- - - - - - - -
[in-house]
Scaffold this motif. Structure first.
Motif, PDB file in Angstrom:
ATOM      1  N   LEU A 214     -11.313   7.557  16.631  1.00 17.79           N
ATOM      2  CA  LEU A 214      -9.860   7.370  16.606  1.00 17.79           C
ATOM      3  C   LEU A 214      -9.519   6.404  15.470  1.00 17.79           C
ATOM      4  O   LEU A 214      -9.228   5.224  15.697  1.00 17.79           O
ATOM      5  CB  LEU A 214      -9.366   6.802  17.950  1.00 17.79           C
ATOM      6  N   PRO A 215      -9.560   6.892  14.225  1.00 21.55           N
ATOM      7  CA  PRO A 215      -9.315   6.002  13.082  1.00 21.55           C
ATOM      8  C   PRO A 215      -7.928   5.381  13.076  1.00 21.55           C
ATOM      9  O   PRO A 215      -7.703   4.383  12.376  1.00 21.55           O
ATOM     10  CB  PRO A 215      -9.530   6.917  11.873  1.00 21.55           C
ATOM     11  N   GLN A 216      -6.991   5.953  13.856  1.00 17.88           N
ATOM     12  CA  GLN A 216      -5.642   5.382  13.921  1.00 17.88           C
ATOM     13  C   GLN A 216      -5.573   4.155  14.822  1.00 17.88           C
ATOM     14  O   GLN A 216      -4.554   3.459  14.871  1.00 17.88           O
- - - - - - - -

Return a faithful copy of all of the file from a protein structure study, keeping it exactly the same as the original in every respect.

[in-house]
Scaffold this motif. Structure first.
Motif, PDB file in Angstrom:
ATOM      1  N   LEU A 214     -11.313   7.557  16.631  1.00 17.79           N
ATOM      2  CA  LEU A 214      -9.860   7.370  16.606  1.00 17.79           C
ATOM      3  C   LEU A 214      -9.519   6.404  15.470  1.00 17.79           C
ATOM      4  O   LEU A 214      -9.228   5.224  15.697  1.00 17.79           O
ATOM      5  CB  LEU A 214      -9.366   6.802  17.950  1.00 17.79           C
ATOM      6  N   PRO A 215      -9.560   6.892  14.225  1.00 21.55           N
ATOM      7  CA  PRO A 215      -9.315   6.002  13.082  1.00 21.55           C
ATOM      8  C   PRO A 215      -7.928   5.381  13.076  1.00 21.55           C
ATOM      9  O   PRO A 215      -7.703   4.383  12.376  1.00 21.55           O
ATOM     10  CB  PRO A 215      -9.530   6.917  11.873  1.00 21.55           C
ATOM     11  N   GLN A 216      -6.991   5.953  13.856  1.00 17.88           N
ATOM     12  CA  GLN A 216      -5.642   5.382  13.921  1.00 17.88           C
ATOM     13  C   GLN A 216      -5.573   4.155  14.822  1.00 17.88           C
ATOM     14  O   GLN A 216      -4.554   3.459  14.871  1.00 17.88           O